Yesterday I was highlighting how Loki Eliot has been making good use of Experience Tools in Second Life and today Linden Lab blog Experience Tools Available Now For Premium Members! Coincidence? Most definitely, but that’s not the point!
First things first, what are experience tools? There’s a good knowledge base article but basically it’s a means by which a lot of the interaction notifications for a location can be agreed to in one foul swoop. So for example if you’re on a sim where scripted objects want to teleport you, take control of your camera, animate your avatar, attach a hud to you etc. this can be done in one step. For example I visited Electrobit City this evening, as I hadn’t been there before and I was greeted with this :
So basically, if I say yes to this, I’m agreeing that whilst in ElectroBit City scripted objects can :
- Act on my control inputs
- Animate my avatar
- Attach to my avatar
- Track my camera
- Control my camera
- Teleport me
As you can hopefully see, I have a choice in this matter. Another thing to note, is that if I change my mind, I can revoke these permissions. Now to make sure I have full access to all these options, I’m using the latest version of the official Second Life viewer, which is available from the downloads page. The current version is 126.96.36.1992622.
With that installed I can control the experiences I’ve agreed to, so in my example below, I go to me at the top left of my screen and then click on experiences.
Then I can see which experiences I’ve allowed. To this, not surprisingly, I click on the Allowed tab. A plea to content creators here, name your places sensibly please.
Now if I click the text link, I will get more information about the experience, in this example I clicked Escapades Island.
Here I can Forget the experience, this is important because once you’ve agreed to an experience, the permissions remain, even if you leave the region and logout. For example the next time you visit, you won’t see the initial pop up asking if you agree to the experience again. However if I Forget the experience, on my next visit I would see the initial pop up again.
Other options inclide Block, which means you Block the experience from asking you for permission and Report Abuse, which is designed in case someone has created an experience that doesn’t seem to be as well intentioned as one would hope. Hopefully Block and Report Abuse won’t be used very often.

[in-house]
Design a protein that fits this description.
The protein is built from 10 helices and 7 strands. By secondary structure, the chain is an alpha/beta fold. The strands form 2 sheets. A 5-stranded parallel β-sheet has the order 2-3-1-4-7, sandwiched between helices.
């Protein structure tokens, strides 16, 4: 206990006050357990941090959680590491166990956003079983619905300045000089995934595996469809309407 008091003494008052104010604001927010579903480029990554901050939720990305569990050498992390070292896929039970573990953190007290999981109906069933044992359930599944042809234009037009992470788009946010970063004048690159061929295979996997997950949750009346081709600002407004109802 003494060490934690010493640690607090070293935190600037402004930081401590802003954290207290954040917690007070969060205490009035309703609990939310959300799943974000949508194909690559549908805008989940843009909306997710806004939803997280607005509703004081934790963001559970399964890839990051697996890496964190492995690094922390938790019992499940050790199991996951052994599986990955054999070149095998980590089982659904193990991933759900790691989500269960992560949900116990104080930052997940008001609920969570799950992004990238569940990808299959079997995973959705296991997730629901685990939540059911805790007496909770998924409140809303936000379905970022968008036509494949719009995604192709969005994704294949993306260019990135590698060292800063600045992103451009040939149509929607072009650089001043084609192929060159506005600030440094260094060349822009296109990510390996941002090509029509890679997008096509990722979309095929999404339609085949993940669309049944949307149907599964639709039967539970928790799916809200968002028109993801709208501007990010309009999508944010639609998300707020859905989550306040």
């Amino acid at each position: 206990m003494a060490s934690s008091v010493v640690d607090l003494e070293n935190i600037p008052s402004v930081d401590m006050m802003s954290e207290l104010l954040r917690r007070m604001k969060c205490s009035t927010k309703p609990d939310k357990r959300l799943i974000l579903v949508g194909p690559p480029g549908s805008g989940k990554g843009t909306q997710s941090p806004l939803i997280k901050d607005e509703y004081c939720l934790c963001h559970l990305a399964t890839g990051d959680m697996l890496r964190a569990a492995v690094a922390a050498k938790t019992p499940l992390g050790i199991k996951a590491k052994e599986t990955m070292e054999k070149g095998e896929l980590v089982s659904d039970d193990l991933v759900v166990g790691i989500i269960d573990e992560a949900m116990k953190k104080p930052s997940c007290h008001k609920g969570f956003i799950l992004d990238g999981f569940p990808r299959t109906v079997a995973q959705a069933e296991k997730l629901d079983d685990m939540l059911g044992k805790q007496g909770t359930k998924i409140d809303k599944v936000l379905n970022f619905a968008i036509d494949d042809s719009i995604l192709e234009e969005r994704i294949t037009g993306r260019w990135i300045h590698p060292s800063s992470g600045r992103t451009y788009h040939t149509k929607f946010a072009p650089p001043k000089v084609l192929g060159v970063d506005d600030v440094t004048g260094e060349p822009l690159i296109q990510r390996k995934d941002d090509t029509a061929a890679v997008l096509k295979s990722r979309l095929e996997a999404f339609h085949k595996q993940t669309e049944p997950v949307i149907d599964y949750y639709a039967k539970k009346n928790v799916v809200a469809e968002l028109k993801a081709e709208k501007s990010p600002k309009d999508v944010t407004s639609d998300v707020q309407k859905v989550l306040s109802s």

Another tab you may want to look at is the Events tab :
There you can see there are options for Notify, Profile and Report. I’ll be honest, I didn’t find this tab to be that useful. As an overview of what has happened it’s handy but clicking Notify just informs me that an experience took control and lists me as the owner. Profile takes you to profile of the experience, which is the same place you get to if you click the text link under the Allowed tab and Report is another Report Abuse link.
So the next question is likely to be, where can I experience Experiences? Well fortunately Linden Lab have a Destination Guide section of Seamless Experiences. At the moment there are only nine experiences listed, but I’m sure that will grow now that more creators can take advantage of these tools.
One thing to note is that although you need to be a Premium Member to create an experience, you do not need to be a Premium Member to engage with an experience, everyone will be able to enjoy experiences.
I would imagine that a popular use will be the teleport feature. A lot of regions have welcome areas where you need to click to teleport, Experiences can remove that step for visitors. I’m sure there will be far more widespread use of the other options, but teleport is likely to be the most popular.
Now if this all sounds a bit daunting, fear not. When Experience Tools were in Beta, Torley made a helpful video explaining how they work, which I’ll embed here.